I have a scathing review on Goodreads for Christmas at the Chocolate Pot Cafe. It’s not scathing because the person didn’t enjoy the book but because I hadn’t released it in the format of their choosing. Ouch! Okay, I admit it, the rise of eBooks as the chosen (and sometimes only) format for indie and trad-publisher releases is all my fault. I’ll take one for the team on that!
Another reader didn’t like me having cancer in my books and went to pains to point out that there are other ways that people die and listed them. The book on which she placed this review had somebody who was in remission from cancer and, across all my books, I have many other forms of death where a death is required for the plot line. Another gave me a low review because she prefers erotica and my book was a bit tame. Had she looked at my covers and read my blurbs? I have no idea what about them would possibly suggest they could appeal to someone who only reads erotica!
But I have to save my ‘favourite’ review till the end. This is actually a 3-star review for the final part in the series, Coming Home to Seashell Cottage so, rating-wise, not so bad. It’s from someone who appears to have read the whole series… and hated it – and me. I’m ‘Redland’ – the one whose voice and characters are disliked:
Why read the whole series when you “never enjoy them”. And what’s that about Ireland? It was read by an Irish proofreader and copy editor who Irish-ised it for me.
Confused by the review? Yes, I was too! And so was this reader whose comment made my day. Nice to have someone in my corner there:
I don’t think negative reviews will ever not upset me but how long they upset me for has certainly diminished over time. Everyone has different tastes and my books aren’t going to appeal to everyone who picks them up, even if my genre is usually the one they enjoy. But it would be nice if people could be a little kinder if they haven’t enjoyed what they’ve read.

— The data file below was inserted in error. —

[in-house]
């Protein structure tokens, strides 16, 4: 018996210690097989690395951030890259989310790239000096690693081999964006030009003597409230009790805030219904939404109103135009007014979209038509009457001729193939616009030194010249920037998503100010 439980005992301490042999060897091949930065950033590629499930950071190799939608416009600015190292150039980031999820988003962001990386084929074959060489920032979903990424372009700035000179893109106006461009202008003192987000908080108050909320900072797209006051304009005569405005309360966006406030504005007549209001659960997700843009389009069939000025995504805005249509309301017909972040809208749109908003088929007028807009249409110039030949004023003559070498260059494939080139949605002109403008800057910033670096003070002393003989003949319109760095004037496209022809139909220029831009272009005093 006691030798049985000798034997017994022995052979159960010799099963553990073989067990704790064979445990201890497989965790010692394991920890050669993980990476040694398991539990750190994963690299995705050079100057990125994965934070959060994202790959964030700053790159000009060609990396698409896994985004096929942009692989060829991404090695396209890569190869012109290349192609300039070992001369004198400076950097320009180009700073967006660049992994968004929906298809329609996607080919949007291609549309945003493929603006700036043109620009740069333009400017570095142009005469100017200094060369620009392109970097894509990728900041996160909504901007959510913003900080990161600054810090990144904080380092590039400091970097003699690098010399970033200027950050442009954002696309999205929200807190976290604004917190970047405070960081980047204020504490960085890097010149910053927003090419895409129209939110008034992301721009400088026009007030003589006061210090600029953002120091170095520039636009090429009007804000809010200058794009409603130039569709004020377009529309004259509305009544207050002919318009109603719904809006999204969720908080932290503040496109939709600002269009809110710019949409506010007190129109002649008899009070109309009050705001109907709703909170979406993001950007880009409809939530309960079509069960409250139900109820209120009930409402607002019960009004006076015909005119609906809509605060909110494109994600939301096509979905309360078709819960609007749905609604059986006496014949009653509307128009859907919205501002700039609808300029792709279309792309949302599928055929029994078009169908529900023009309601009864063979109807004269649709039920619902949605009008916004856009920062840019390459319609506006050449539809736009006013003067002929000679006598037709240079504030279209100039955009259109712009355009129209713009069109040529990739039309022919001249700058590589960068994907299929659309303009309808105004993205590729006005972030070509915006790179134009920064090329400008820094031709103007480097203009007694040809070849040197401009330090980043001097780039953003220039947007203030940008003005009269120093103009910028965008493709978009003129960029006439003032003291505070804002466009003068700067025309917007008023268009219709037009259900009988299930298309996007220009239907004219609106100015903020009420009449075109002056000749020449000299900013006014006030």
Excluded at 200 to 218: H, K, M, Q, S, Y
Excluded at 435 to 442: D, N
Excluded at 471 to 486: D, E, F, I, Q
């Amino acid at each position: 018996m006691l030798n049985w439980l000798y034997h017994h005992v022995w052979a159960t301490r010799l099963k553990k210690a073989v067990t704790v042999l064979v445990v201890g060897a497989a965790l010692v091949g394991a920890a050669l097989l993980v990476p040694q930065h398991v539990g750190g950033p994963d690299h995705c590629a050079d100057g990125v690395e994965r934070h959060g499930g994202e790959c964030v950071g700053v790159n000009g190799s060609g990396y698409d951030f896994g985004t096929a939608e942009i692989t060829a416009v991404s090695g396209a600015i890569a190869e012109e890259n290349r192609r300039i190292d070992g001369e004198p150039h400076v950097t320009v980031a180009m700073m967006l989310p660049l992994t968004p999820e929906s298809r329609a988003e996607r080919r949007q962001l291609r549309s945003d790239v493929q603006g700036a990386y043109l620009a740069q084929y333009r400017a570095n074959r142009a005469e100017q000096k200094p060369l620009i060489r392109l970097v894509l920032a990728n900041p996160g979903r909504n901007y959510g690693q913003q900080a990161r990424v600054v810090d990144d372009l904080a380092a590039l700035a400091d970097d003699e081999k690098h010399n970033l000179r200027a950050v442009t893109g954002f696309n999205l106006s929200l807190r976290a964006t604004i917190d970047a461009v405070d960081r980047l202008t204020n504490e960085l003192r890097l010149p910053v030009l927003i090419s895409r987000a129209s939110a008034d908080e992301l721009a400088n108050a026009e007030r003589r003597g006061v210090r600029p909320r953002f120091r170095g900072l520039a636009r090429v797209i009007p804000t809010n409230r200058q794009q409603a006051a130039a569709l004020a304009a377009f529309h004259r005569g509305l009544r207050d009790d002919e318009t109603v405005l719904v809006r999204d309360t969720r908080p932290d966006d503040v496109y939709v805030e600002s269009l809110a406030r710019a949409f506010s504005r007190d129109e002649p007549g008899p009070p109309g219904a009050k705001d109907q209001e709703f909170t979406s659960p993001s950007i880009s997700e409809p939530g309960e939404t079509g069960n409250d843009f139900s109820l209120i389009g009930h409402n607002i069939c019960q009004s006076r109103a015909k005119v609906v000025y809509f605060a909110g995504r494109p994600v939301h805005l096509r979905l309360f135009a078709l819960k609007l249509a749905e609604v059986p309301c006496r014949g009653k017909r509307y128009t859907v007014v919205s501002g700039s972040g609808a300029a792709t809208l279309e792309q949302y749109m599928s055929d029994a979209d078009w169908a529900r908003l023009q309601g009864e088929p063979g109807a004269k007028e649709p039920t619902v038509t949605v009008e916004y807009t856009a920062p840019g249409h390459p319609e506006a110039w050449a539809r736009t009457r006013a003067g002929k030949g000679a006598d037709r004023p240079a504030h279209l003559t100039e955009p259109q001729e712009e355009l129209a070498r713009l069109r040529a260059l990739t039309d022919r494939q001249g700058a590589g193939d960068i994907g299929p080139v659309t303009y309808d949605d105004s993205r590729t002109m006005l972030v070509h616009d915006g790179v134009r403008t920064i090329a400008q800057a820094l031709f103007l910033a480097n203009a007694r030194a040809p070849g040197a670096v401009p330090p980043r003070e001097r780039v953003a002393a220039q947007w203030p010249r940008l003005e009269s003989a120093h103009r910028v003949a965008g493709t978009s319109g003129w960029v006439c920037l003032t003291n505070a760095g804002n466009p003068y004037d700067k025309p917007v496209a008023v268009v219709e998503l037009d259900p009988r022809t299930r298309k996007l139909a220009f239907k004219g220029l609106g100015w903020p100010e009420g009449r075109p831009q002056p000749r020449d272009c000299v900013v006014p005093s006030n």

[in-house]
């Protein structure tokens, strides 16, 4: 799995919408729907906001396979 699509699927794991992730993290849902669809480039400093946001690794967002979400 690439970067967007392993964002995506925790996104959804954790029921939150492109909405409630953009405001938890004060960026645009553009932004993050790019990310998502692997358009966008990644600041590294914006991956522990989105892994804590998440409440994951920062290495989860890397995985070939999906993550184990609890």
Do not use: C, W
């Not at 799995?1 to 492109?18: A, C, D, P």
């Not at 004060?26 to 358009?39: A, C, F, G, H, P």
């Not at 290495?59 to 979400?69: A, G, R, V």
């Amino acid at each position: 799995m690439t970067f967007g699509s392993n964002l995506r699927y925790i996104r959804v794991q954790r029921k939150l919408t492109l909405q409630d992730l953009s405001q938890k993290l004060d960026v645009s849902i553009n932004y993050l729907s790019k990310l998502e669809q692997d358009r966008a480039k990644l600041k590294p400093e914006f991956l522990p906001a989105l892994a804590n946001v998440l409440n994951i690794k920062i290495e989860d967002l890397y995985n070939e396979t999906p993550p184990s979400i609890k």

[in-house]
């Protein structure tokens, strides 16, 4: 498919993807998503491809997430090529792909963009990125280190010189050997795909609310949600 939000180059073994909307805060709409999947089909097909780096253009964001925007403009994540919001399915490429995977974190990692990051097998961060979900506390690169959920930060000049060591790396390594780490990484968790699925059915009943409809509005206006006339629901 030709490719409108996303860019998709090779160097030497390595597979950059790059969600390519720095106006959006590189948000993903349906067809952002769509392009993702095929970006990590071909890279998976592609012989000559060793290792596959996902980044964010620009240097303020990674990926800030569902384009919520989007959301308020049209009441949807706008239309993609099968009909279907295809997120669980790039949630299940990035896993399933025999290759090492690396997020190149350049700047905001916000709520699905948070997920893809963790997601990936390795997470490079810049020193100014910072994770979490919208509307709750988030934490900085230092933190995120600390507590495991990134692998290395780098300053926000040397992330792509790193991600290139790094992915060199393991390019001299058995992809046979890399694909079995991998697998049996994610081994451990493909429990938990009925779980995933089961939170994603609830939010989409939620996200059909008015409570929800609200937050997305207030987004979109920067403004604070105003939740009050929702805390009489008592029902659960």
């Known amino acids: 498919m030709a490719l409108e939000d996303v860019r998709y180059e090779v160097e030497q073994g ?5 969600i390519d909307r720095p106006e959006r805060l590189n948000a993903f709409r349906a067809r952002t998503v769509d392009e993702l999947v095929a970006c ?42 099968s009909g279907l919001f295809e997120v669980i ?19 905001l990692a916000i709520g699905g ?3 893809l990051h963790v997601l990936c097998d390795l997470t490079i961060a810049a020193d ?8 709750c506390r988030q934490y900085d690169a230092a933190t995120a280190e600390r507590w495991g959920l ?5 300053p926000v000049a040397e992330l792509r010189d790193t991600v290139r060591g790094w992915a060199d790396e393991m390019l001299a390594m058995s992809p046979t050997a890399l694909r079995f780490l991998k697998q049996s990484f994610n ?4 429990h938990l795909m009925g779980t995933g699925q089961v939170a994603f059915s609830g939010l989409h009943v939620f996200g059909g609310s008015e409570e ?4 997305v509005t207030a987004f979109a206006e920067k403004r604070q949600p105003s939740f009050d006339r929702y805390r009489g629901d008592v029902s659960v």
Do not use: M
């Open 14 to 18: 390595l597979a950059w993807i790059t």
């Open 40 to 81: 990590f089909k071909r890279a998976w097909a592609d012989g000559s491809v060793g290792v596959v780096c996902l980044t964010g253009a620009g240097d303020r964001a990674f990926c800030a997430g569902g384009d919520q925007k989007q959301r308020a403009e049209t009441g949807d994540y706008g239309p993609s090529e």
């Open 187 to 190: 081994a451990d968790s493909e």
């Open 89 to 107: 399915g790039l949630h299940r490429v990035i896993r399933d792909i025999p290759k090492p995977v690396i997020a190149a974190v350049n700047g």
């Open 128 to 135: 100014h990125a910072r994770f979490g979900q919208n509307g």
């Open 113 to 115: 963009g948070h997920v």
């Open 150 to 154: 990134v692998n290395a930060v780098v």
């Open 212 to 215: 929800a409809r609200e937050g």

In fairness, all the negative reviews I’ve placed above with the exception of one were pre-lockdown and some are a few years old. We’re all facing challenges right now and a little bit of kindness – even if the message is 1- or 2-star rating – can go such a long way.
So I’ll leave this post with a big thank you to all those strangers who are kind, who have reached out, who have picked me up at a time when I am physically, mentally and emotionally drained because my day job has doubled in volume and I’m working 12-14 hours a day 7 days a week. Your kind words have meant the world to me and I look forward to creating more characters and stories to provide you all with further comfort and escapism.
Stay home, stay safe, stay kind.
Big (safely distanced) hugs
PS All the messages and reviews are in the public domain but, in the interests of kindness, I have removed the name from the Amazon reviews. I therefore thought it only fair to remove the names from the kind comments too as this is a post about observing the differences between two approaches and not about popping anyone on the spot and making them feel uncomfortable